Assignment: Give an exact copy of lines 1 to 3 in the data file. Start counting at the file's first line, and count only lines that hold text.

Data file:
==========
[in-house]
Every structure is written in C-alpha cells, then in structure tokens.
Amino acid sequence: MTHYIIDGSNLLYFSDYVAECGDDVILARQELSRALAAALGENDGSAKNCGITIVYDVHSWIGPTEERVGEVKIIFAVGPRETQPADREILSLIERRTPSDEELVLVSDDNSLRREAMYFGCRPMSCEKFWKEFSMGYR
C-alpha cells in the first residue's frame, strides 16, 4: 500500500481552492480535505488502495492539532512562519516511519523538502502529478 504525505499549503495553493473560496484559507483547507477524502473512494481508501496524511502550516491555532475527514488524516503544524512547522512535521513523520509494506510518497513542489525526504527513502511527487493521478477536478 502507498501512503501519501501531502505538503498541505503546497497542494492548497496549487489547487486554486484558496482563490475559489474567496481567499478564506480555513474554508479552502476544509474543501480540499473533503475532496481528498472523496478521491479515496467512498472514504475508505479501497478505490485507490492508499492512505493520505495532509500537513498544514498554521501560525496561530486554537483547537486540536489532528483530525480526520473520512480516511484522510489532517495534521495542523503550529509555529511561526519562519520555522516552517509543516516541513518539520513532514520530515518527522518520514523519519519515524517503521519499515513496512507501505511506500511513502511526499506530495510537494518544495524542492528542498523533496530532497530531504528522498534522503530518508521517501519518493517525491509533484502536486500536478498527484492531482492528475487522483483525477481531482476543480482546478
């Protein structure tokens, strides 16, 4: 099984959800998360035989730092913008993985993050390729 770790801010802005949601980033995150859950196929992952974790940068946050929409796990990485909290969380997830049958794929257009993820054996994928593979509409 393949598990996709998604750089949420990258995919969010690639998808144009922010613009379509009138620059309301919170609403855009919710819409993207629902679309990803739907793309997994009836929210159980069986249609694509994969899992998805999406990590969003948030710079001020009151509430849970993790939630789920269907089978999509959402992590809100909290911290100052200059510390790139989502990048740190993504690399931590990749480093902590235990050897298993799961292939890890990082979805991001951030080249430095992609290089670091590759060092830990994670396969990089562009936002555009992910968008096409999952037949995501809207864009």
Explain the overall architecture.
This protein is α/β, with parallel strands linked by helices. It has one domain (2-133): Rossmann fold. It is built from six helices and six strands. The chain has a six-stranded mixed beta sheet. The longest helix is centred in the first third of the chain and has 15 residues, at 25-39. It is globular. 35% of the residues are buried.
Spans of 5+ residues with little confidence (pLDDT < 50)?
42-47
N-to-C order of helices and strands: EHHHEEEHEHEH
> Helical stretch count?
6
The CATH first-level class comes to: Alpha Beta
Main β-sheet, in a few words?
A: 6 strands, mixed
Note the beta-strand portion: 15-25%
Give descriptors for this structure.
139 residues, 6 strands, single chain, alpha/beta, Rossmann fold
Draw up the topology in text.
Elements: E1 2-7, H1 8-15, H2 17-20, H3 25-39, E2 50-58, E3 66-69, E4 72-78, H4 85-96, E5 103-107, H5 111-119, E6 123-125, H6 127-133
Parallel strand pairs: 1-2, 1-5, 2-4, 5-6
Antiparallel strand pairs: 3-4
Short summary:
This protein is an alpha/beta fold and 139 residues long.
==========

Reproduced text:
[in-house]
Every structure is written in C-alpha cells, then in structure tokens.
Amino acid sequence: MTHYIIDGSNLLYFSDYVAECGDDVILARQELSRALAAALGENDGSAKNCGITIVYDVHSWIGPTEERVGEVKIIFAVGPRETQPADREILSLIERRTPSDEELVLVSDDNSLRREAMYFGCRPMSCEKFWKEFSMGYR